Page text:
Chattooga County School Board Members Weigh Cuts, Spending Reserves


By JIMMY ESPY
Staff Writer
The Chattooga County Board of Education has some numbers crunching to do.
Although the exact figures won’t be known until August, when the school system receives property tax revenue information from the county tax office, it’s clear the board is facing a sizeable budget shortfall.
Board members will have few options. They can move to cut spending. They could vote to raise revenue by increasing property taxes. Or, they can take the easiest option and fund their deficit by tapping the system’s $4.6 million in reserves.
Acting School Superintendent Jared Hosmer told The News he believes the budget deficit could come in around a half-million dollars. That’s about half the $1.098 million deficit he presented at a budget meeting two weeks ago. Hosmer said the predicted savings came from two main areas — a decision not to purchase a new system-wide reading program for elementary schools and the shifting of several salaries to federally-paid programs.
A board vote on the new reading program resulted in a 2-2 tie on Thursday. That means the program was not added to the 2019-2020 budget. However, the board may vote a second time on the program and a different result could add about $200,000 in spending back to the budget.
“I think one of the main problems we have with the school system now is the need for a reading program,” said Chairman John Agnew, who joined Dr. Julia Houston last week in voting to add the program.
Sammy Ballard and Brad Hayes voted against the new program. Also, Eddie Elsberry will join board next month.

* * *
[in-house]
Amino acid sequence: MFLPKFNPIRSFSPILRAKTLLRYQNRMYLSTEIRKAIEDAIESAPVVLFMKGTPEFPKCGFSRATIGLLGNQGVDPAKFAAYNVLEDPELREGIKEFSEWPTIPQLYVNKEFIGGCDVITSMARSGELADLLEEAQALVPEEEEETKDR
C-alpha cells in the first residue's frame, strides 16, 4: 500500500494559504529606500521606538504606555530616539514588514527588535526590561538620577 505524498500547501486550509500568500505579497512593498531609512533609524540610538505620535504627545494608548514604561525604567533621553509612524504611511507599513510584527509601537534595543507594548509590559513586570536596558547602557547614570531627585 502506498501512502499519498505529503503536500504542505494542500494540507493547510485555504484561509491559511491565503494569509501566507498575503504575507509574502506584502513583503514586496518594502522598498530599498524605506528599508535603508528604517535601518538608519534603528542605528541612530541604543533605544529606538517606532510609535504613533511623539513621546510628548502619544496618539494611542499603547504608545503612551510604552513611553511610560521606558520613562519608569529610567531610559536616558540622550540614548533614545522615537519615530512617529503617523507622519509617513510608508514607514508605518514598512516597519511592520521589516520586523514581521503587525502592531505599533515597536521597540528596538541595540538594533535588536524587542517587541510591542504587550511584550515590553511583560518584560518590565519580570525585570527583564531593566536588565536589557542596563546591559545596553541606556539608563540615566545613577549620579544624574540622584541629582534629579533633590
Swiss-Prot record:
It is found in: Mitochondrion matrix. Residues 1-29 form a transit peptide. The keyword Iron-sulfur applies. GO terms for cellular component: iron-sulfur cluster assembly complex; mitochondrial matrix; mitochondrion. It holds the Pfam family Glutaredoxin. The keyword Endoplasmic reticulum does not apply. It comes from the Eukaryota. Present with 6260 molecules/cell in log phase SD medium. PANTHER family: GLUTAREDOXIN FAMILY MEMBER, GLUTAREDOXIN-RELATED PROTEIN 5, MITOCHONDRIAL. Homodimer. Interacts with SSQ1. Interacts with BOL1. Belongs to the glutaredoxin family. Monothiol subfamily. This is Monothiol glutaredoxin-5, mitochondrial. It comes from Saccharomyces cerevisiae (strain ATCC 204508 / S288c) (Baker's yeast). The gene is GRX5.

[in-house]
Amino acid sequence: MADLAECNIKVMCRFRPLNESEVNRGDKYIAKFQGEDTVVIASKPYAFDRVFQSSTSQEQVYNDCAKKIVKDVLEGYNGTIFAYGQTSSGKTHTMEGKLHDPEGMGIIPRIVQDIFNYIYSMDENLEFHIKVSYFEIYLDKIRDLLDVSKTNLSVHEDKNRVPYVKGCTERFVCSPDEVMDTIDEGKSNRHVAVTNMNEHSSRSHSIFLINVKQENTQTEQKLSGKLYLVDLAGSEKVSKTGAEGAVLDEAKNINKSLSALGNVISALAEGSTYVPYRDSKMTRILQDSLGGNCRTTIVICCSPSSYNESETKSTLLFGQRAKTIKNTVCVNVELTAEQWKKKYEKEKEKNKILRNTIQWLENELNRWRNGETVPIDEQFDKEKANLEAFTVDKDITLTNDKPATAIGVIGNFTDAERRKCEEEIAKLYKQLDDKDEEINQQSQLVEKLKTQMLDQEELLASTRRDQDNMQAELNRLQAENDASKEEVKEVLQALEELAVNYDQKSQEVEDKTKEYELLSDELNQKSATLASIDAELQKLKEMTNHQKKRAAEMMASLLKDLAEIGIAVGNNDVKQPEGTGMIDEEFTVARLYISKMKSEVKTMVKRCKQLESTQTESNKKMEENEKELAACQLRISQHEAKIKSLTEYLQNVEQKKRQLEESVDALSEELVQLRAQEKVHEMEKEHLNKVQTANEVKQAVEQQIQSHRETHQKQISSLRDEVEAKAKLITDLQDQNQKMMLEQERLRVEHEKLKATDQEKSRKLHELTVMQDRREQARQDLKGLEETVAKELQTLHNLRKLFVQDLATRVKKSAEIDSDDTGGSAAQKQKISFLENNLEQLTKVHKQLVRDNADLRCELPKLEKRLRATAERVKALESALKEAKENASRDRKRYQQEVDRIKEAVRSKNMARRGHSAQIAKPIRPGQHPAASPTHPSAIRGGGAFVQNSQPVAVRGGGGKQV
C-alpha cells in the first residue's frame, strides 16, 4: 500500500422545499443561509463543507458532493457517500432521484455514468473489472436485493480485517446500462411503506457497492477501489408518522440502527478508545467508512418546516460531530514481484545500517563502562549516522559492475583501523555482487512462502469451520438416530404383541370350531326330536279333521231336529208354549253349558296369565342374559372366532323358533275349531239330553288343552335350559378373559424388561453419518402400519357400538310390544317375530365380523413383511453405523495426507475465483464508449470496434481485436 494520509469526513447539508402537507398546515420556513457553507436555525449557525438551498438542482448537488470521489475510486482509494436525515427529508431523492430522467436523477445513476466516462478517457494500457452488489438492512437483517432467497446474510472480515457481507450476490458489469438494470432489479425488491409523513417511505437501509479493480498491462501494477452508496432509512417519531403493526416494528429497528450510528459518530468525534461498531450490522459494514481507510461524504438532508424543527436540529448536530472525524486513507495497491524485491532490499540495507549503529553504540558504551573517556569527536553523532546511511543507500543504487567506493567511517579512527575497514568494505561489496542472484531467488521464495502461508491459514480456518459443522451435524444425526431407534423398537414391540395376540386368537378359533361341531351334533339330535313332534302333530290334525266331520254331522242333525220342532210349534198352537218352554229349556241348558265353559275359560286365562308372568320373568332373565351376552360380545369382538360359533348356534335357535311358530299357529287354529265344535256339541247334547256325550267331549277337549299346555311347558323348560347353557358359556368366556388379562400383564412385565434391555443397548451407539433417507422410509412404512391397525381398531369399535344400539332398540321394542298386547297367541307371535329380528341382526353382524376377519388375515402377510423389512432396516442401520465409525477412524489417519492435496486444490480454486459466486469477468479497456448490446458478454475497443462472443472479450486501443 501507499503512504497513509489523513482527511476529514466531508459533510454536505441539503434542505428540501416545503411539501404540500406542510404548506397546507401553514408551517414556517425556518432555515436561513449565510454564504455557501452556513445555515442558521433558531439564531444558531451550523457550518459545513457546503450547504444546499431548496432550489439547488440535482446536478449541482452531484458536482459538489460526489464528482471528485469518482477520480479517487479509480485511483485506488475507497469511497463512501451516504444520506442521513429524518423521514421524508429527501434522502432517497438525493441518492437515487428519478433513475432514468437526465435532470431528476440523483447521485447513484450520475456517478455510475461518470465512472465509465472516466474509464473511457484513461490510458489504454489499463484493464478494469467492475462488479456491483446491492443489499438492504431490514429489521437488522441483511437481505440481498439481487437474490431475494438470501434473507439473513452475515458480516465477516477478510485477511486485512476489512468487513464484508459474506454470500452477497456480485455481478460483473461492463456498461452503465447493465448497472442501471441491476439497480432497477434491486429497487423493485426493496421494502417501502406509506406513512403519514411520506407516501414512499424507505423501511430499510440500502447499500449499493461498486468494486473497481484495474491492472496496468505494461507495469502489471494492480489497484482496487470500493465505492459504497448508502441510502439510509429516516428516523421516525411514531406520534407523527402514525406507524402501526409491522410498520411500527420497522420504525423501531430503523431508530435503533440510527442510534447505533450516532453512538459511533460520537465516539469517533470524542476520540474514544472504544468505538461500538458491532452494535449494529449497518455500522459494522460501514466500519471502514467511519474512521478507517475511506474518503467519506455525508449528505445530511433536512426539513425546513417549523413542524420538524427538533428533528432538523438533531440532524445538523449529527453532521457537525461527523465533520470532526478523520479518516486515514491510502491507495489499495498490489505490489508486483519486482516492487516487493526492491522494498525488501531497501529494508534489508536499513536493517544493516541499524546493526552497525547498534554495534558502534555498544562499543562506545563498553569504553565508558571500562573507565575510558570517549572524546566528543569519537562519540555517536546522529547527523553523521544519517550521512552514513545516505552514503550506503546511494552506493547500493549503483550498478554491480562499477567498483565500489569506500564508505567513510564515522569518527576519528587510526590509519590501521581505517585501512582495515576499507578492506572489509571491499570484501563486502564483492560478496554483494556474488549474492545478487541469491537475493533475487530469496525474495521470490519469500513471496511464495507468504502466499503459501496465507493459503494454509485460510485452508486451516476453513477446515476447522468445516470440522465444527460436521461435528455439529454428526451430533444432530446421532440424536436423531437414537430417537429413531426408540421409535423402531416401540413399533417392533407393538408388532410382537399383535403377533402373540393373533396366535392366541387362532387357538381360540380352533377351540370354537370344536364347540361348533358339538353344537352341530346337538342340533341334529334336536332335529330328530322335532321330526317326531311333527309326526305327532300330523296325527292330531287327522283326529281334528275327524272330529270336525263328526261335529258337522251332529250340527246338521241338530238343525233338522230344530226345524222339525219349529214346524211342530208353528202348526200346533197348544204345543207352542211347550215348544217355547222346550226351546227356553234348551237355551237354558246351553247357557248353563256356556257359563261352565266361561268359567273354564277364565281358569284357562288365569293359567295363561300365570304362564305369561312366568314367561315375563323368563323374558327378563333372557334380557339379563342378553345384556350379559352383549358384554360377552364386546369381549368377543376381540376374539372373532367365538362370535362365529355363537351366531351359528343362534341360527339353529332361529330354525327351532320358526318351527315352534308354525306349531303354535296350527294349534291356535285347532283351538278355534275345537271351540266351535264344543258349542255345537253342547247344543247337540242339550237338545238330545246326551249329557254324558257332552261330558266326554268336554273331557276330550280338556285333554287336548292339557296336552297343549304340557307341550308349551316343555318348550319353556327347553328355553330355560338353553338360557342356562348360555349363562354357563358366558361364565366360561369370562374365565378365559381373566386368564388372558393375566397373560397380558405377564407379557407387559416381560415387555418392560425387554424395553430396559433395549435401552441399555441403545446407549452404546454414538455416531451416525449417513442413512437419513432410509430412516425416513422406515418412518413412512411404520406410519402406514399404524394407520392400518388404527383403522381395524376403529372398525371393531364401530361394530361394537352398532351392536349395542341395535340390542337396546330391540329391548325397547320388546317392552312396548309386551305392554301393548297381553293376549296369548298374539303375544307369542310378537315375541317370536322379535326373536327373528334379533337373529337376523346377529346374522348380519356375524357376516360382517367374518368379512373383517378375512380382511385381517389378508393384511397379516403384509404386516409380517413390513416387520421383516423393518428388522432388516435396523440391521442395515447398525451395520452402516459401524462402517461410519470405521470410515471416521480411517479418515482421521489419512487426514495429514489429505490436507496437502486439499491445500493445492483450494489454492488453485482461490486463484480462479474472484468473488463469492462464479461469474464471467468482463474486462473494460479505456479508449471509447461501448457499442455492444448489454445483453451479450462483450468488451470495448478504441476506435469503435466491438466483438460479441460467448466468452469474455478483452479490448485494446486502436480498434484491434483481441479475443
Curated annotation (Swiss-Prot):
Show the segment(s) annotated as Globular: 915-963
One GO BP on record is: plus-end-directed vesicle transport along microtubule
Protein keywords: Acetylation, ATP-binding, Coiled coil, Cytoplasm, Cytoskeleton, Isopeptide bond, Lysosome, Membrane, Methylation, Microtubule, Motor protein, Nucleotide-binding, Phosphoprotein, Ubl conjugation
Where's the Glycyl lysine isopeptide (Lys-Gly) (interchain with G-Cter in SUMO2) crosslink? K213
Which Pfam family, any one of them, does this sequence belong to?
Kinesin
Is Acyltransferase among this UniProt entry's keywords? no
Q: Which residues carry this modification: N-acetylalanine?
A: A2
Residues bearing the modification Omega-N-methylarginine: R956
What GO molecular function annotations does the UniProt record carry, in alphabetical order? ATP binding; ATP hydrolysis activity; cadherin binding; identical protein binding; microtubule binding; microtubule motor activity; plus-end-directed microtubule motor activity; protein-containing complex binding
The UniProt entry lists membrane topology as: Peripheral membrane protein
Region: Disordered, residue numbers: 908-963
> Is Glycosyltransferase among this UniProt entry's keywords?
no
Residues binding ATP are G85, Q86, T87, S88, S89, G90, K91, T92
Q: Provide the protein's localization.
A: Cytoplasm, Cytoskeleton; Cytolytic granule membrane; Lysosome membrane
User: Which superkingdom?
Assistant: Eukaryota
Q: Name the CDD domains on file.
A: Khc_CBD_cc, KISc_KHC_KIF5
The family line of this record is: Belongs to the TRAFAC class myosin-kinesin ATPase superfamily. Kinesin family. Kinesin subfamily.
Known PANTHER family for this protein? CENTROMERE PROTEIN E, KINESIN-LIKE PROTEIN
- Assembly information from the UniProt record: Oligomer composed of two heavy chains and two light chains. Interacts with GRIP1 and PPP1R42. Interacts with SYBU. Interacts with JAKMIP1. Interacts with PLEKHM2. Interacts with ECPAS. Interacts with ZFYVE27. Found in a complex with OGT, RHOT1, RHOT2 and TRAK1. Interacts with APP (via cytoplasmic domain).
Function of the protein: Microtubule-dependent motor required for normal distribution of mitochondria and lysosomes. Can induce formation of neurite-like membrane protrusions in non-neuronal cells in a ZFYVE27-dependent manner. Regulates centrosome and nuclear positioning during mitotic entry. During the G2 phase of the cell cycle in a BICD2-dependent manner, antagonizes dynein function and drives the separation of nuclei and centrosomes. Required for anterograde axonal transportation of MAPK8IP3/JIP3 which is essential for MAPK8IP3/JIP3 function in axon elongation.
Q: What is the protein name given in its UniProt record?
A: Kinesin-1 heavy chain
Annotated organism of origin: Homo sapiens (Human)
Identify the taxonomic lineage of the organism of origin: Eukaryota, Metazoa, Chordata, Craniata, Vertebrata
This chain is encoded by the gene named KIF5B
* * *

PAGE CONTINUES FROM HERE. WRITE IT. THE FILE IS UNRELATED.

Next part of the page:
Hayes told The News he was not inclined to support the new reading program for a couple of reasons. He was worried about the additional expense but was also concerned that teachers would not have enough time to train for the system.
Agnew said he believes the reading program is important enough to justify even with the difficult budget situation.
“If we’re going to go with a new reading program, we need to get started,” he said.
Agnew said he was willing to make cuts, but only if they made sense.
“We don’t want to create any hardships or problems for the students,” he said.
Agnew added that there was a possibility the board would vote to use reserve funds to cover any deficit but that in the long term he wants to make cuts that will bring spending in line with revenues.
“I want to balance the budget and we’re still looking for ways to cut it this year,” he said. “But I think – and I am only speaking for myself – that the best thing to do may be to try to get the deficit down to about $500,000 and use our reserves for this year. Then we can come back next year, when we all know more about the budget, and make more cuts.”
Hayes said that he is not interested in raising taxes and making cuts will be difficult.
“Mr. Hosmer and Mr. (Johnny) Worsham have told me that they think we’ve cut about all we can from operations,” Hayes said. “I don’t want to cut people or programs. I think we are going to have to look at what can be cut in the future.”

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